The game was fast-paced right from the beginning as the teams played  up-tempo and traded goals back and forth through the first half. The two North American rivals got things going early, battling to a 3-3 tie in the opening period.

Canada got on the board first on the power play, when Kyle Sheen slipped in front of the net behind the two Finnish defenders and Thomas Woods found him with a pass for the opening goal.

But the Americans responded minutes later with a power play marker of their own, coming off a well-placed shot from tournament top scorer Matt White in the right circle that bounced off the far post and into the net. Defenceman Peter Kavaya added a score, his first of the tournament giving the Americans the 2-1 lead.  

Canadians tied things up when Chris Terry threw the puck on net and Woods outmuscled the USA defender to tip in into the net.

On a second period power-play, Junior Cadiz made a cross ice pass through to Tyler Spezia, who fired it into the top right corner to regain the one-goal lead.

Canada’s Josh Foote tied things up with a nice backhand finish on a rush created by linemate Kirk French, knotting things up 3-3 going into halftime.

The teams came out of halftime tied 3-3, Canada regained the lead for the first time since the opening minutes of the game, as captain Chris Terry beat USA goaltender Jerry Kuhn III with a slapshot through the five-hole.

But as with every lead in the game so far it was short-lived, as Patrick Lee deflected the puck into the net to tie things up once more 4-4.  

But the Canadians responded quickly, as French made a backhand pass from the left boards to an open Brennan Luscombe coming down the middle of the ice putting Canada up 5-4 going into the final period, leading ultimately to the coutnry’s second straight shootout triumph.

Canada will now face Finland, a win would give the country its third ever gold medal in Inline hockey history.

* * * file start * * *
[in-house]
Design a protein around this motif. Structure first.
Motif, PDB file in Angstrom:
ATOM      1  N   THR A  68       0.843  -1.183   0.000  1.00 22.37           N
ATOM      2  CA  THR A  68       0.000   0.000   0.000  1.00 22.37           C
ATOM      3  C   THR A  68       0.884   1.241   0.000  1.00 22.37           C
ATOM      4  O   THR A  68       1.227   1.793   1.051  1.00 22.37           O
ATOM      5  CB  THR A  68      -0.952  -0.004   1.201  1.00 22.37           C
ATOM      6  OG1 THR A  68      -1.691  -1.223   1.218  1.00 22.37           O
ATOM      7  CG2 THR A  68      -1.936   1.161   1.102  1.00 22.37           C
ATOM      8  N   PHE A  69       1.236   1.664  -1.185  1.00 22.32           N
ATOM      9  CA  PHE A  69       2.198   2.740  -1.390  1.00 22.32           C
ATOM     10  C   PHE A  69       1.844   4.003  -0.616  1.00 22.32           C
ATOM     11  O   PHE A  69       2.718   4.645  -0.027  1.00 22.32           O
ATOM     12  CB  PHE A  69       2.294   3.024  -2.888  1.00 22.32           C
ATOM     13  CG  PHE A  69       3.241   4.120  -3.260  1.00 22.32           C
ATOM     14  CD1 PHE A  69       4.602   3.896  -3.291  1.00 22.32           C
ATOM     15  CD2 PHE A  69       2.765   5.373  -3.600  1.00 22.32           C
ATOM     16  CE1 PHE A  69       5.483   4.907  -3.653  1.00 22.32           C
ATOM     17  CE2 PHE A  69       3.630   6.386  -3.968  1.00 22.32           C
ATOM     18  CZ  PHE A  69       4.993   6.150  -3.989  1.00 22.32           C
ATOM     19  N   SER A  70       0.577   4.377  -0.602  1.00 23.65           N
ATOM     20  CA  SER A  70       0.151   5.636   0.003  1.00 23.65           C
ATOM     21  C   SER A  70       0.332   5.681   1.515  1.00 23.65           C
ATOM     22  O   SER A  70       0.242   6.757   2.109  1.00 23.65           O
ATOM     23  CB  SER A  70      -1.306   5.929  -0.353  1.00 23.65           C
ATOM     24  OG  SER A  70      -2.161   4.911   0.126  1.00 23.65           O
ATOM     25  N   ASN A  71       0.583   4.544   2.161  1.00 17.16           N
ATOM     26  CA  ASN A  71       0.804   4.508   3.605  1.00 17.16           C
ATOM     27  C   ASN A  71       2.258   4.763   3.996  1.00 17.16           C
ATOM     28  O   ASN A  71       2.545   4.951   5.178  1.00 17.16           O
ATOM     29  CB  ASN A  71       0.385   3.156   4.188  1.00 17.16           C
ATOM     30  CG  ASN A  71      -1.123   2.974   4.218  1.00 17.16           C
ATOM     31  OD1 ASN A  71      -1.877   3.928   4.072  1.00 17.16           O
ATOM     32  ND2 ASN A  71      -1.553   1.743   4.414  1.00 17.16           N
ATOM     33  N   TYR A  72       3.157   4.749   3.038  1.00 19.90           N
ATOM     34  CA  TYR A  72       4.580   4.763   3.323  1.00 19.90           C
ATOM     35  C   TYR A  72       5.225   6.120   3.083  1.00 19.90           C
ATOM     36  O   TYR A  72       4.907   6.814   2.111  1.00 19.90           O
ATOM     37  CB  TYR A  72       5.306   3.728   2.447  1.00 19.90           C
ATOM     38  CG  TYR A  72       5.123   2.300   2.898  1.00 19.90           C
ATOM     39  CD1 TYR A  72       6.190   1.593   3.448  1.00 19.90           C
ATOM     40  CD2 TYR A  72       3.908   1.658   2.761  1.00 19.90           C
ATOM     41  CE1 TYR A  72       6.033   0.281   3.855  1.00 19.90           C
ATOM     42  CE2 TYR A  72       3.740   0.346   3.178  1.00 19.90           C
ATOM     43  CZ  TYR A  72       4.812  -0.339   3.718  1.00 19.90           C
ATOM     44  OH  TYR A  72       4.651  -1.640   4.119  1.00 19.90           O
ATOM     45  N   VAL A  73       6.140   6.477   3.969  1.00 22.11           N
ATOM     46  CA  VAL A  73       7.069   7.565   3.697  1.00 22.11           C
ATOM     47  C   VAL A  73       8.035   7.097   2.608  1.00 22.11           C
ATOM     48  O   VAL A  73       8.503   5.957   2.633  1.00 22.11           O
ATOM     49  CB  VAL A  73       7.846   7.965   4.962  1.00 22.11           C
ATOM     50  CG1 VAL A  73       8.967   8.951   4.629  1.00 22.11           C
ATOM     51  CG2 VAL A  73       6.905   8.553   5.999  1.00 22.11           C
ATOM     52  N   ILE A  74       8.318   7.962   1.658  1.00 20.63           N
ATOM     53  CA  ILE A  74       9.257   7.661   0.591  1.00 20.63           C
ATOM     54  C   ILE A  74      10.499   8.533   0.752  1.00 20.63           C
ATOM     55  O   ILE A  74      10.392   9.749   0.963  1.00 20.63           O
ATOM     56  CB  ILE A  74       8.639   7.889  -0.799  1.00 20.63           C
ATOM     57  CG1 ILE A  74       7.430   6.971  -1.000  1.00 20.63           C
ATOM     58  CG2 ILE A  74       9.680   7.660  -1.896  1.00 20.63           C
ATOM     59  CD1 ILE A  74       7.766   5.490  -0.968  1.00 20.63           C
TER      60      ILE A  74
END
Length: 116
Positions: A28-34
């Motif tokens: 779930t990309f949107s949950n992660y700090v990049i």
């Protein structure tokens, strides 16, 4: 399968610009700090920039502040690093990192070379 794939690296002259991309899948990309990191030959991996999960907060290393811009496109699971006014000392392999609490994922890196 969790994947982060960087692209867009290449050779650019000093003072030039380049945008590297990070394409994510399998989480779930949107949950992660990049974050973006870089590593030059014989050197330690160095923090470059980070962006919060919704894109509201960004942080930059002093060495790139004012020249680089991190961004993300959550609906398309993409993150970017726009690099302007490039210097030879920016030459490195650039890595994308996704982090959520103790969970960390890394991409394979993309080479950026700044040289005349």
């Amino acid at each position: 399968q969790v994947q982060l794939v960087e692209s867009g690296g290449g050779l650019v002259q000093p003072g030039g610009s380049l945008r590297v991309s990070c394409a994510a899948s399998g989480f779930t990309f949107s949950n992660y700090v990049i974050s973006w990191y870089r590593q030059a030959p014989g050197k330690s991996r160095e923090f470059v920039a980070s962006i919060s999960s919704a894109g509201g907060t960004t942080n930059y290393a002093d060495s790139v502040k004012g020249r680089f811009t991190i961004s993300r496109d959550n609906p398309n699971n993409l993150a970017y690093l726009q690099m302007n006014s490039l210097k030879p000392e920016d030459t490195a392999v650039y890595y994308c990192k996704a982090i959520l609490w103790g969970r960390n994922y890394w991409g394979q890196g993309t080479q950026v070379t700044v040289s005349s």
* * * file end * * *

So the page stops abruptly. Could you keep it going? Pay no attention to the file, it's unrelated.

Slovakia – Germany 4-5 SO (0-1, 0-2, 3-0, 1-1, 0-0, 0-1) Postgame

Fabio Carciola scored the game-winning shootout goal and potted another as Germany survived a scare from Slovakia and avoided the relegation game.

The Germans built up a 3-0 lead through two periods, as Patrick Seifer, Yannik Baier, and Fabio Carciola found the back of the net.

But the Slovaks roared back in the third period, scoring three goals in less than two minutes. First It was Roman Simunek who lit the lap early in the period, followed up by Juraj Prokop less than thirty seconds later. Andrej Mrazik got his second assist of the period as Jakub Ruckay, the team’s leading scorer, tied the game up 3-3.

Germany’s Adriano Carciola, Fabio’s brother, put his team back up by a goal in the fourth quarter,but with three minutes to go Peter Novajovsky equalized for the Slovaks, sending the game into overtime.

The loss means Slovakia will face Great Britain to decide which country will be relegated to Division I.

Czech Republic – Great Britain 6-1 (1-0, 3-0, 1-0, 1-1) Postgame

Great Britain will play against Slovakia in the relegation game after losing to the Czech Republic 6-1 in the placement round on Friday.

Michal Simo had four points (1G+3A), Patrik Sebek had a goal and two helpers, and Martin Vozdecky scored a goal and an assist bringing his personal total to 11 points in five games. Simo finished with a team-high 13 points.